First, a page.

The state's monopoly on electricity markets in Honduras has ended as a result of the research and advocacy of Fundación Eléutera, a local Atlas Network partner that has been a consistent advocate for private companies to enter into the market.
Eléutera's research was critical to the passage of la Ley General de la Industria Electrica (the General Law of the Electricity Industry, known by its Spanish acronym LGIE) in 2014, and since then, the organization has worked with regulators, policymakers, and other stakeholders to bring private producers into the newly modernized market. In November 2019, the market was opened to cash transactions for immediate delivery of services, a process known as spot markets. Although the law has not been fully implemented, eight out of 70 private companies in the country have registered with the government for future inclusion as providers.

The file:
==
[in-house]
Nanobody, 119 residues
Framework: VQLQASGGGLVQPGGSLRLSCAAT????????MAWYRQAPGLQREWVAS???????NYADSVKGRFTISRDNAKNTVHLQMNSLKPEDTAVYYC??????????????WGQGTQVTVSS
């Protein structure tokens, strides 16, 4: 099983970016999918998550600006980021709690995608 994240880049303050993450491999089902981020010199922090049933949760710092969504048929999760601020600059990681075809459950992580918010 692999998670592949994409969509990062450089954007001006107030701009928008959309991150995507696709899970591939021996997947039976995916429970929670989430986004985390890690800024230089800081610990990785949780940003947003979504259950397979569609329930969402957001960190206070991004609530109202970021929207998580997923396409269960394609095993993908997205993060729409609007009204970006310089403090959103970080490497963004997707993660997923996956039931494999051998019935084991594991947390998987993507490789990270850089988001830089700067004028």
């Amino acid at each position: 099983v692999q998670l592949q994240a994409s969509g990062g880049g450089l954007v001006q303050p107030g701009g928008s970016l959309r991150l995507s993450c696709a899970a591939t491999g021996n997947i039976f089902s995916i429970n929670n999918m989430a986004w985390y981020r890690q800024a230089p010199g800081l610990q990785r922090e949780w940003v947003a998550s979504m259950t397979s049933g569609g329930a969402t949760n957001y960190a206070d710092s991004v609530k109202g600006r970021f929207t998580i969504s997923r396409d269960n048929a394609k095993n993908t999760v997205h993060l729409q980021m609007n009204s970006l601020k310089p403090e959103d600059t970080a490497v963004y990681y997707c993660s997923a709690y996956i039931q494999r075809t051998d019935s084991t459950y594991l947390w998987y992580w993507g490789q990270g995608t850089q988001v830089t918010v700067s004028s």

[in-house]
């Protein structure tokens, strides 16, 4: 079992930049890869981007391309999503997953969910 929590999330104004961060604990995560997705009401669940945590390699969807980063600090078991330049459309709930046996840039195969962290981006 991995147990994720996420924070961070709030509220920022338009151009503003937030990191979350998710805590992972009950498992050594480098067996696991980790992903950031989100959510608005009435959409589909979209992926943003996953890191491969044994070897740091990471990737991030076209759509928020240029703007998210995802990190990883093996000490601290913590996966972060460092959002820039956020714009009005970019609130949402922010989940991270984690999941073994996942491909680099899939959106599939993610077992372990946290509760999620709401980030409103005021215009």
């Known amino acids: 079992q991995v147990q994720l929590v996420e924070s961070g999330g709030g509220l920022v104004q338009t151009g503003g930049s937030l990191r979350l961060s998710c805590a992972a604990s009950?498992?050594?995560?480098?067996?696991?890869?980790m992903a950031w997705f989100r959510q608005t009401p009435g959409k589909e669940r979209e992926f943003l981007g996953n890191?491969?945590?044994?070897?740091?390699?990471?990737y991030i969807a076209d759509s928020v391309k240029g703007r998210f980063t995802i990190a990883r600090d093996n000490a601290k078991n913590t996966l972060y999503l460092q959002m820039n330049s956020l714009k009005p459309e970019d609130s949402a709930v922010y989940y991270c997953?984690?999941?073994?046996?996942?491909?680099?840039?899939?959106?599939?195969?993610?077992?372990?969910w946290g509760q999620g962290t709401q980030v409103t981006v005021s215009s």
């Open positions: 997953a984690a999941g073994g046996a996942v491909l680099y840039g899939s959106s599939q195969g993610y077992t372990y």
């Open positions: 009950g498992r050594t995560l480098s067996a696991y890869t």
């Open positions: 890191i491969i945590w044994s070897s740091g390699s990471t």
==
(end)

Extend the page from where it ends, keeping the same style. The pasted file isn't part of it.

Fundación Eléutera believes proper implementation of Ley General de la Industria Electrica will increase kilowatt usage while also reducing the overall price of electricity. “If done properly, in 15 years we will have triplicated the kW consumption per capita and reduced the price for the end-user by 30-40 percent,” explained Fundación Eléutera’s chair, Guillermo Peña Panting.
After the initial bill was passed in 2014, Fundación Eléutera's expertise was tapped by the National Electricity Regulator (CREE), and they were asked to sit on the board of the System Operator. At the time, the state electricity company, ENEE, was the only buyer in the system and the spot market was not operational. Today, the market is open, and Peña is looking ahead to the goal of getting wholesale and spot markets operational and large consumers to register in the market.
Fundación Eléutera received a Joining Up to Minimize Poverty (JUMP) grant from Atlas Network in support of their work to promote the implementation of Ley General de la Industria Electrica.